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VIC Financial Separation - Threats of Credit Card Fraud Considered Blackmail?

Discussion in 'Criminal Law Forum' started by Deanna, 14 April 2015.

  1. Deanna

    Deanna Member

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    My ex husband continually outside our solicitors that are handling our financial separation is sending me and my father emails that say if I don't pay a specific amount of money before set dates that he is going to have me charged with credit card fraud ( he says that i illegally spent money on it)
    Is this considered black mail and what can I do about it?
    He also continually tells the children that if they stop seeing him that I will be put in gaol for the credit card fraud.

    He has even told my new partner that he is going to get me thrown in gaol.
     
  2. Rod

    Rod Well-Known Member

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    Contact your solicitor about this issue. If there is truth to allegations you need proper legal advice. If there is no truth then your solicitor needs to write and send a letter to your ex.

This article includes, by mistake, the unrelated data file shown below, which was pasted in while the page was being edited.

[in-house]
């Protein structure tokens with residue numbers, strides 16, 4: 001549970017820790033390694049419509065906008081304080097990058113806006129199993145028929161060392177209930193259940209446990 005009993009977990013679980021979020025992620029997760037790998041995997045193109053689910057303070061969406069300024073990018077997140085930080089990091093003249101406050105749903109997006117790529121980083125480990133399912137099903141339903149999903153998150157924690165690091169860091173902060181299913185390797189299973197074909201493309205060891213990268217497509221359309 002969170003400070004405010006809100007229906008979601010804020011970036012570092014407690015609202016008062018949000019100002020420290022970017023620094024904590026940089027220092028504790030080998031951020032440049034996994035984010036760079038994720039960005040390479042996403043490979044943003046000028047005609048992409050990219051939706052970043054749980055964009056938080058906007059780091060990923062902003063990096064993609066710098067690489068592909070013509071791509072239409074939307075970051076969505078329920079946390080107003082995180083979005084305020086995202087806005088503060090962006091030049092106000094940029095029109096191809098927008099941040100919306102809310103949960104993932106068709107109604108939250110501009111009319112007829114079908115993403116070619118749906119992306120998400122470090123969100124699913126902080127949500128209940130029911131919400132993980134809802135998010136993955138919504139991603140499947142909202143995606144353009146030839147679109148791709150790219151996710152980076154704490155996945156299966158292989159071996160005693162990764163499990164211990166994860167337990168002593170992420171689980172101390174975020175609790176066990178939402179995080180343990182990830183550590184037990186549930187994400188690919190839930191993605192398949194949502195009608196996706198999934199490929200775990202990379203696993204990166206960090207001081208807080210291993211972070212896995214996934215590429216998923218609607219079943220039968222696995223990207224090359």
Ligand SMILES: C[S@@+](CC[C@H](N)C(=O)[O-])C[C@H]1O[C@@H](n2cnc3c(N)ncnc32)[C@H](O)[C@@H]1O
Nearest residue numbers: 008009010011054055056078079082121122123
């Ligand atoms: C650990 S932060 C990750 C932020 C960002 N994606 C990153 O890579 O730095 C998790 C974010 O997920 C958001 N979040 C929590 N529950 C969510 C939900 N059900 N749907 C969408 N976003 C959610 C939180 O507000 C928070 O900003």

3. Tracy B

    Tracy B Well-Known Member

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    Hi Deanna,

    Further to Rod's response, a threat of initiating legal action or threatening to expose someone's illegal/unlawful activity is not unlawful in itself. It is also not considered blackmail.

    If there is no merit to the alleged illegal/unlawful activities (i.e. the credit card frauds) then persistent communications of this kind may be considered a nuisance, but only if your ex-husband knows that there is no merit to the allegations. Therefore, Rod's comment is useful, talk to your lawyer and see if there is any merit to your ex-husband's claims.
     

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